Pregnant women who have not delivered by around 41 weeks are less likely to require cesarean section births or to have babies die if their labour is induced instead of letting nature take its course, a research review suggests.
“The balance of harms and benefits changes around 41 weeks when the baby has all the advantages of being full term but now has an increased risk of dying,” lead study author Philippa Middleton of the South Australian Health and Medical Research Institute and the University of Adelaide said by email.
While doctors have long understood the risks of pregnancy continuing too long past a woman’s due date, it’s not as clear whether hospital policies encouraging labour induction at or beyond full term might help reduce these risks, Middleton and her colleagues write in the Cochrane Database of Systematic Reviews May 9.
For their analysis, the researchers examined data from 30 randomized controlled trials with a total of more than 12,000 pregnant women. Six of these trials took place in the U.S., four in the UK, three each in China and Norway, two each in India, Sweden and Thailand, and one each in Austria, Canada, Finland, France, the Netherlands, Spain, Tunisia and Turkey.
The trials compared outcomes when the hospital or birth center had a policy to induce labour when a pregnancy continued beyond full term, usually past 41 weeks gestation, to outcomes when the policy was to just let women continue to wait for labour to start naturally or to let them wait a bit longer before getting induced.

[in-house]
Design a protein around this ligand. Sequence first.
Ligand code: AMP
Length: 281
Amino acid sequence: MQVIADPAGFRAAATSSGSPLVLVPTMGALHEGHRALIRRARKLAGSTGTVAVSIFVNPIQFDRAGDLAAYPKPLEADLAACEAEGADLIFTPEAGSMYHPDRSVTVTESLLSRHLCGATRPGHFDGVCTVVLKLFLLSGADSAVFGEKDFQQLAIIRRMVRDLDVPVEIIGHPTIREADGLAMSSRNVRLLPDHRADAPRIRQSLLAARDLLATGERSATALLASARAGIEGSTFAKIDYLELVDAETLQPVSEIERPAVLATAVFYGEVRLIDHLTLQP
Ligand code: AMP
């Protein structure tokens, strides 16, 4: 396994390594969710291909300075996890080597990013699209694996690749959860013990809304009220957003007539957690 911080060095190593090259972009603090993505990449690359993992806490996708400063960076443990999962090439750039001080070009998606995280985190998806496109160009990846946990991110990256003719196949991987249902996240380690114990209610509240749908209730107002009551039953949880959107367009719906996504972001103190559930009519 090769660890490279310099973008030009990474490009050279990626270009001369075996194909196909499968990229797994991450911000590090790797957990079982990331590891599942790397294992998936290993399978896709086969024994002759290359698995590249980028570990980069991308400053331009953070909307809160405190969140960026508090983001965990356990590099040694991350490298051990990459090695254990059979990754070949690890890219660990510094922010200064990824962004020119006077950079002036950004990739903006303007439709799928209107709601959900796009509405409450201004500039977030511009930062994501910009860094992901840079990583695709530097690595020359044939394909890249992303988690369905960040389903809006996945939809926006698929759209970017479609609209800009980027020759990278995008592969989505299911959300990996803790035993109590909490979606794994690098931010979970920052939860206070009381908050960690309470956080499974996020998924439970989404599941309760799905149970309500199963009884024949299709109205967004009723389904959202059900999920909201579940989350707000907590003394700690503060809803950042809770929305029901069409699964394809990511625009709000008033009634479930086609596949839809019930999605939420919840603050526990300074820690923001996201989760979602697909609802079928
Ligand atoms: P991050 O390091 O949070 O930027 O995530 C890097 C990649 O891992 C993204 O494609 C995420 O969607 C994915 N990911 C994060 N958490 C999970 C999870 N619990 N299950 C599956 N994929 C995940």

Compared to waiting, or “expectant management,” labour induction policies were associated with a 67 percent lower risk of infant deaths, the analysis found.
Two babies died in the labour induction policy group, compared with 16 in the expectant management group.
labour induction would prevent one infant death for every 426 late-term deliveries, researchers calculated.
There were also fewer stillbirths with labour induction: one in this group compared with 10 in the expectant management group.
With labour induction policies, women were also 8 percent less likely to have a surgical cesarean section delivery than with expectant management.
Researchers found no meaningful difference in complications like bleeding, perineal tearing or the length of hospital stays between groups.
Babies, however, were 12 percent less likely to wind up in neonatal intensive care units with labour induction policies.
One question the study leaves unanswered, however, is what happens when women are induced at 39 or 40 weeks of pregnancy, said Dr. Aaron Caughey, chair of obstetrics and gynecology at Oregon Health & Science University in Portland.
“We do not think normal, low-risk women should be delivered at 37 or 38 weeks without an indication (such as dangerously high blood pressure),” Caughey, who wasn’t involved in the study, said by email.
“At 39 to 40 weeks, there might be a small benefit, but the benefit may not be worth the cost,” Caughey added. “At 41 weeks, there looks like there is a reduction in the risk of cesarean and of perinatal mortality.”